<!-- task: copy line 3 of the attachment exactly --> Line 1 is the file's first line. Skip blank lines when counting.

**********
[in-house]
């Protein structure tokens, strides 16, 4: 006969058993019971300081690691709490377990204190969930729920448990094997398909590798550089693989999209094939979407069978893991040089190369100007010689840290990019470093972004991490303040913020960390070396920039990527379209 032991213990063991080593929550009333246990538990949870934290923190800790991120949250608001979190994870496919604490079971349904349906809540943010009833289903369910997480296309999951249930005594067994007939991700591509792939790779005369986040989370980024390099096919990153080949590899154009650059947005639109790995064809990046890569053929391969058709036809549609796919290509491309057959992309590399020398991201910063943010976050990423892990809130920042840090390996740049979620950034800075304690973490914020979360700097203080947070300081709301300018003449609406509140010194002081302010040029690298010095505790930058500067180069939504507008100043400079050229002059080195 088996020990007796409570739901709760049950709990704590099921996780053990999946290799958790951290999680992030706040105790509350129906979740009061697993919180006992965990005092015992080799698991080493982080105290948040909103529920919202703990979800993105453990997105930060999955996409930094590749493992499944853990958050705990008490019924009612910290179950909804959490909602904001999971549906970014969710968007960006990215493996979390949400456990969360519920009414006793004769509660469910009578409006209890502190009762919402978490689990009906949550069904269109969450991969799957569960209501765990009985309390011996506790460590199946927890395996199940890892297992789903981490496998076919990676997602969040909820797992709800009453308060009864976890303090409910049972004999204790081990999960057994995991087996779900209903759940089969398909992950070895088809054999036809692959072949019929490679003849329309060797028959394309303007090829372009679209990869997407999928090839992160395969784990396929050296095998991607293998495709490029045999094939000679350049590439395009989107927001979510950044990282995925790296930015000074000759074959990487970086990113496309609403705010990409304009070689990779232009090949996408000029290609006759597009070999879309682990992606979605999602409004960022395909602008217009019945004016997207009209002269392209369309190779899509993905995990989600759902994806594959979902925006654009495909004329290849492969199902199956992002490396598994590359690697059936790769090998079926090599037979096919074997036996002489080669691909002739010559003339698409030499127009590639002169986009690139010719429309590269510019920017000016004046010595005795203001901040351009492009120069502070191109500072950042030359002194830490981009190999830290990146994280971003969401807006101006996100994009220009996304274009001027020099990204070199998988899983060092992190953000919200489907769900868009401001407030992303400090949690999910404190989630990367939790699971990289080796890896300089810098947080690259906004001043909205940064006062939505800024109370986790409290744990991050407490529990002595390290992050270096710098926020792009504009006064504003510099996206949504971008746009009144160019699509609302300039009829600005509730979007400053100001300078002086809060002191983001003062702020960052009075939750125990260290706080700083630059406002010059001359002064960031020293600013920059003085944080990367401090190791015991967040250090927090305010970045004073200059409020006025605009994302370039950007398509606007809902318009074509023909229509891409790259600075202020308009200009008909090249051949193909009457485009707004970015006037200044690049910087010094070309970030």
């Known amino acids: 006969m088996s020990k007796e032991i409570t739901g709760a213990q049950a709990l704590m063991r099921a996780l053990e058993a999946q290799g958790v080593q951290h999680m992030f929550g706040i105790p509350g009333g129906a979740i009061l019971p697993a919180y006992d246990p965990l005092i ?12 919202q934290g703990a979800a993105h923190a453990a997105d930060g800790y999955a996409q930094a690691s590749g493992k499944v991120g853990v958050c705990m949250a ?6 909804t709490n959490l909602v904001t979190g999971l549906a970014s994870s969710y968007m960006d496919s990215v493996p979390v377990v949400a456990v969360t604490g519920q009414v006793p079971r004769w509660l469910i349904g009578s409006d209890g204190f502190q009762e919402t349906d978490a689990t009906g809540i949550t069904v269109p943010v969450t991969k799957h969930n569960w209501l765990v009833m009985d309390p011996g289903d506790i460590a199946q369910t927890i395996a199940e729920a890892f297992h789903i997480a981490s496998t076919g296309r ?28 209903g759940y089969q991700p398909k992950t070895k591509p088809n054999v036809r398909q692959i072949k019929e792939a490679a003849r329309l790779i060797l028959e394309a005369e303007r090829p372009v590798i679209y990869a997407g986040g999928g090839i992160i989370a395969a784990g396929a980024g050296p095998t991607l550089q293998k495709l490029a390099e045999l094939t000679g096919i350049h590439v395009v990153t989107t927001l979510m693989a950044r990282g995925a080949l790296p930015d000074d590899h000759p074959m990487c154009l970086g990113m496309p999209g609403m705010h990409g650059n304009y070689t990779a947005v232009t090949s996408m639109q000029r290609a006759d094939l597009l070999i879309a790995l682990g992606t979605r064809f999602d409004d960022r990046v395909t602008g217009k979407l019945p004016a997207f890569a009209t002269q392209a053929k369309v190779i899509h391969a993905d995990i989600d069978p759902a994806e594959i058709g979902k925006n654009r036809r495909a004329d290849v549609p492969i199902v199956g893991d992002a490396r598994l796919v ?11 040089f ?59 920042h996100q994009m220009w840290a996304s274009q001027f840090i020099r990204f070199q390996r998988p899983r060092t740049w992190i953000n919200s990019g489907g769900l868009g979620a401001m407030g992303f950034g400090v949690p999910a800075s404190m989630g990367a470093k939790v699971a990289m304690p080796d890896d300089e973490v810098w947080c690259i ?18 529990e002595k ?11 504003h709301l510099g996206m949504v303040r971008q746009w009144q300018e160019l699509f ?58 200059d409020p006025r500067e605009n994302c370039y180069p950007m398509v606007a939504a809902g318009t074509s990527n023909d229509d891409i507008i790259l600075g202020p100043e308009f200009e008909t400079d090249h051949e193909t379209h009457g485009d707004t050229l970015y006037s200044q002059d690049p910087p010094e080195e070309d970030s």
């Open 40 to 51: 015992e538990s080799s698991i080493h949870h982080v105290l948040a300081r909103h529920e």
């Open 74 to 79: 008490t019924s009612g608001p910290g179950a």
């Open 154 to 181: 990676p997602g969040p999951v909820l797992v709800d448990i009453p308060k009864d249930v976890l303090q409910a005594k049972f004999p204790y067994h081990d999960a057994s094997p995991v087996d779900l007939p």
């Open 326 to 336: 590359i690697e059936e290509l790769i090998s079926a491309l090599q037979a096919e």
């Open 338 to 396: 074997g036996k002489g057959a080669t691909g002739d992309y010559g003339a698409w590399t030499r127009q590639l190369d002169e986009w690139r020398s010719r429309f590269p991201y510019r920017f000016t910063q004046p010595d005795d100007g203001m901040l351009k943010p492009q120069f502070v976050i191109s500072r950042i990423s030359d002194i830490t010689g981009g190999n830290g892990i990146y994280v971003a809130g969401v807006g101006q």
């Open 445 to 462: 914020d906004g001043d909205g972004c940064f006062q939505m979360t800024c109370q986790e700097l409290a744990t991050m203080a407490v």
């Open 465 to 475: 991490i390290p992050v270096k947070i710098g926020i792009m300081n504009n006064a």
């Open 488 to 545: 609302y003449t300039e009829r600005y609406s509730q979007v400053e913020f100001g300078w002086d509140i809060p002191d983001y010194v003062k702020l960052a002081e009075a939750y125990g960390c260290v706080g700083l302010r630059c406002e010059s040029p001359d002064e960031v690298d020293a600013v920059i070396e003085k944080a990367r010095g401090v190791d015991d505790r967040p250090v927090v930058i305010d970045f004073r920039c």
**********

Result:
């Known amino acids: 006969m088996s020990k007796e032991i409570t739901g709760a213990q049950a709990l704590m063991r099921a996780l053990e058993a999946q290799g958790v080593q951290h999680m992030f929550g706040i105790p509350g009333g129906a979740i009061l019971p697993a919180y006992d246990p965990l005092i ?12 919202q934290g703990a979800a993105h923190a453990a997105d930060g800790y999955a996409q930094a690691s590749g493992k499944v991120g853990v958050c705990m949250a ?6 909804t709490n959490l909602v904001t979190g999971l549906a970014s994870s969710y968007m960006d496919s990215v493996p979390v377990v949400a456990v969360t604490g519920q009414v006793p079971r004769w509660l469910i349904g009578s409006d209890g204190f502190q009762e919402t349906d978490a689990t009906g809540i949550t069904v269109p943010v969450t991969k799957h969930n569960w209501l765990v009833m009985d309390p011996g289903d506790i460590a199946q369910t927890i395996a199940e729920a890892f297992h789903i997480a981490s496998t076919g296309r ?28 209903g759940y089969q991700p398909k992950t070895k591509p088809n054999v036809r398909q692959i072949k019929e792939a490679a003849r329309l790779i060797l028959e394309a005369e303007r090829p372009v590798i679209y990869a997407g986040g999928g090839i992160i989370a395969a784990g396929a980024g050296p095998t991607l550089q293998k495709l490029a390099e045999l094939t000679g096919i350049h590439v395009v990153t989107t927001l979510m693989a950044r990282g995925a080949l790296p930015d000074d590899h000759p074959m990487c154009l970086g990113m496309p999209g609403m705010h990409g650059n304009y070689t990779a947005v232009t090949s996408m639109q000029r290609a006759d094939l597009l070999i879309a790995l682990g992606t979605r064809f999602d409004d960022r990046v395909t602008g217009k979407l019945p004016a997207f890569a009209t002269q392209a053929k369309v190779i899509h391969a993905d995990i989600d069978p759902a994806e594959i058709g979902k925006n654009r036809r495909a004329d290849v549609p492969i199902v199956g893991d992002a490396r598994l796919v ?11 040089f ?59 920042h996100q994009m220009w840290a996304s274009q001027f840090i020099r990204f070199q390996r998988p899983r060092t740049w992190i953000n919200s990019g489907g769900l868009g979620a401001m407030g992303f950034g400090v949690p999910a800075s404190m989630g990367a470093k939790v699971a990289m304690p080796d890896d300089e973490v810098w947080c690259i ?18 529990e002595k ?11 504003h709301l510099g996206m949504v303040r971008q746009w009144q300018e160019l699509f ?58 200059d409020p006025r500067e605009n994302c370039y180069p950007m398509v606007a939504a809902g318009t074509s990527n023909d229509d891409i507008i790259l600075g202020p100043e308009f200009e008909t400079d090249h051949e193909t379209h009457g485009d707004t050229l970015y006037s200044q002059d690049p910087p010094e080195e070309d970030s």